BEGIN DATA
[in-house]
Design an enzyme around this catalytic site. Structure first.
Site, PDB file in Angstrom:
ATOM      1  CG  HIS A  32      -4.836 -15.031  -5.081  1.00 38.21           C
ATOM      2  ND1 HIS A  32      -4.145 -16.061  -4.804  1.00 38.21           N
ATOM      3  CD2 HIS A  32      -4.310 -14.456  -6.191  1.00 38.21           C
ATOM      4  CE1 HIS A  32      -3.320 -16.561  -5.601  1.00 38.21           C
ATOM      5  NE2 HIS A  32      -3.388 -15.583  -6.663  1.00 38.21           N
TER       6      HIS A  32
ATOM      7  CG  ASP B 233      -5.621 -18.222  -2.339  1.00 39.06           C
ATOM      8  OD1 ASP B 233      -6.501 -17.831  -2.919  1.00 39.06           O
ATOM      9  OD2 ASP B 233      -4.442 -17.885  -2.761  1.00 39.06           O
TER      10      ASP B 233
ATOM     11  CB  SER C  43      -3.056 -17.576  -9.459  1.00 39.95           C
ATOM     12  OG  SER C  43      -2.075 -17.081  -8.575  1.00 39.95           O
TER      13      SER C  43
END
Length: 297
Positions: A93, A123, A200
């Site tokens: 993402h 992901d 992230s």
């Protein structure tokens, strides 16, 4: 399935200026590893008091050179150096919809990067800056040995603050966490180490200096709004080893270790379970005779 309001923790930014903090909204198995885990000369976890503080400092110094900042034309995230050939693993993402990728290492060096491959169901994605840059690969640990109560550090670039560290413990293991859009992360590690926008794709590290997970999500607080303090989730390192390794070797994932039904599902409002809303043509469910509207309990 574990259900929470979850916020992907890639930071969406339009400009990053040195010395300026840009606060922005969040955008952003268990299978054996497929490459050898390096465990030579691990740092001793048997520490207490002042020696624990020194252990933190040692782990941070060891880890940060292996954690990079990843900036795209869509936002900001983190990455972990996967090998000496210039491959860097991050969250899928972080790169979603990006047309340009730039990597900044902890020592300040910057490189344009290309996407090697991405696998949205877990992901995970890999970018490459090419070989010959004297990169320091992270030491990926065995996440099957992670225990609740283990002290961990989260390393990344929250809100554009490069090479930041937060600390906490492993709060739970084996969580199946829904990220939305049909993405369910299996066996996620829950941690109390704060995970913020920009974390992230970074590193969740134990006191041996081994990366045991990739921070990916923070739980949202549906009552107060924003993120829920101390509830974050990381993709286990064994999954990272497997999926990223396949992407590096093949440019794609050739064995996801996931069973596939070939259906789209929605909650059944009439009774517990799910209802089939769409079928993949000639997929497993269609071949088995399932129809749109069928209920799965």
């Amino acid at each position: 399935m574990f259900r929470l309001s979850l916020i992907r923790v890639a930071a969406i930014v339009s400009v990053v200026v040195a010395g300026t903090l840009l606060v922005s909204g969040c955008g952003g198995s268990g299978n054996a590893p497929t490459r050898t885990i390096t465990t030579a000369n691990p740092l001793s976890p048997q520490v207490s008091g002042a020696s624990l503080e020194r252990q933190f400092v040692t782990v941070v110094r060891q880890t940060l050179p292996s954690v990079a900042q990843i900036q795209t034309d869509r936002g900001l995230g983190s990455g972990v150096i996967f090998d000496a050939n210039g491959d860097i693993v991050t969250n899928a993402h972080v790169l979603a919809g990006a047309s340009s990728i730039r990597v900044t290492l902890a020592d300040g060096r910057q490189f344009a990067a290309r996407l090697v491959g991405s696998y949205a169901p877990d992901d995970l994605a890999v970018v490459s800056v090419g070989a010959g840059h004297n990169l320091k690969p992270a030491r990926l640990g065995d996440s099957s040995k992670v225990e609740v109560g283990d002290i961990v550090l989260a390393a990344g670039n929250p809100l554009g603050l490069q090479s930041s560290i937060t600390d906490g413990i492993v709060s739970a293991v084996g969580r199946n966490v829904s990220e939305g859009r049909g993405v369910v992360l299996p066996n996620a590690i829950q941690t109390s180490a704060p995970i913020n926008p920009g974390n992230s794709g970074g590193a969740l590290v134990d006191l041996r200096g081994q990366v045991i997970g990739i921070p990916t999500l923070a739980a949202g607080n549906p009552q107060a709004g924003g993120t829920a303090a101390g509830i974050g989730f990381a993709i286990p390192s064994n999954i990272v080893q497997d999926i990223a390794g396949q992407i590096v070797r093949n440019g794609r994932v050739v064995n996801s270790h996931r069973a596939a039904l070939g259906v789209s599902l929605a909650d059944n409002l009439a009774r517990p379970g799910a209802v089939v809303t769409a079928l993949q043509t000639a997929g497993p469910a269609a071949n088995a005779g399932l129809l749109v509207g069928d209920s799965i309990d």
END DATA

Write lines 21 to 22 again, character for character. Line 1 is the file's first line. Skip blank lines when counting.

């Protein structure tokens, strides 16, 4: 399935200026590893008091050179150096919809990067800056040995603050966490180490200096709004080893270790379970005779 309001923790930014903090909204198995885990000369976890503080400092110094900042034309995230050939693993993402990728290492060096491959169901994605840059690969640990109560550090670039560290413990293991859009992360590690926008794709590290997970999500607080303090989730390192390794070797994932039904599902409002809303043509469910509207309990 574990259900929470979850916020992907890639930071969406339009400009990053040195010395300026840009606060922005969040955008952003268990299978054996497929490459050898390096465990030579691990740092001793048997520490207490002042020696624990020194252990933190040692782990941070060891880890940060292996954690990079990843900036795209869509936002900001983190990455972990996967090998000496210039491959860097991050969250899928972080790169979603990006047309340009730039990597900044902890020592300040910057490189344009290309996407090697991405696998949205877990992901995970890999970018490459090419070989010959004297990169320091992270030491990926065995996440099957992670225990609740283990002290961990989260390393990344929250809100554009490069090479930041937060600390906490492993709060739970084996969580199946829904990220939305049909993405369910299996066996996620829950941690109390704060995970913020920009974390992230970074590193969740134990006191041996081994990366045991990739921070990916923070739980949202549906009552107060924003993120829920101390509830974050990381993709286990064994999954990272497997999926990223396949992407590096093949440019794609050739064995996801996931069973596939070939259906789209929605909650059944009439009774517990799910209802089939769409079928993949000639997929497993269609071949088995399932129809749109069928209920799965």
């Amino acid at each position: 399935m574990f259900r929470l309001s979850l916020i992907r923790v890639a930071a969406i930014v339009s400009v990053v200026v040195a010395g300026t903090l840009l606060v922005s909204g969040c955008g952003g198995s268990g299978n054996a590893p497929t490459r050898t885990i390096t465990t030579a000369n691990p740092l001793s976890p048997q520490v207490s008091g002042a020696s624990l503080e020194r252990q933190f400092v040692t782990v941070v110094r060891q880890t940060l050179p292996s954690v990079a900042q990843i900036q795209t034309d869509r936002g900001l995230g983190s990455g972990v150096i996967f090998d000496a050939n210039g491959d860097i693993v991050t969250n899928a993402h972080v790169l979603a919809g990006a047309s340009s990728i730039r990597v900044t290492l902890a020592d300040g060096r910057q490189f344009a990067a290309r996407l090697v491959g991405s696998y949205a169901p877990d992901d995970l994605a890999v970018v490459s800056v090419g070989a010959g840059h004297n990169l320091k690969p992270a030491r990926l640990g065995d996440s099957s040995k992670v225990e609740v109560g283990d002290i961990v550090l989260a390393a990344g670039n929250p809100l554009g603050l490069q090479s930041s560290i937060t600390d906490g413990i492993v709060s739970a293991v084996g969580r199946n966490v829904s990220e939305g859009r049909g993405v369910v992360l299996p066996n996620a590690i829950q941690t109390s180490a704060p995970i913020n926008p920009g974390n992230s794709g970074g590193a969740l590290v134990d006191l041996r200096g081994q990366v045991i997970g990739i921070p990916t999500l923070a739980a949202g607080n549906p009552q107060a709004g924003g993120t829920a303090a101390g509830i974050g989730f990381a993709i286990p390192s064994n999954i990272v080893q497997d999926i990223a390794g396949q992407i590096v070797r093949n440019g794609r994932v050739v064995n996801s270790h996931r069973a596939a039904l070939g259906v789209s599902l929605a909650d059944n409002l009439a009774r517990p379970g799910a209802v089939v809303t769409a079928l993949q043509t000639a997929g497993p469910a269609a071949n088995a005779g399932l129809l749109v509207g069928d209920s799965i309990d």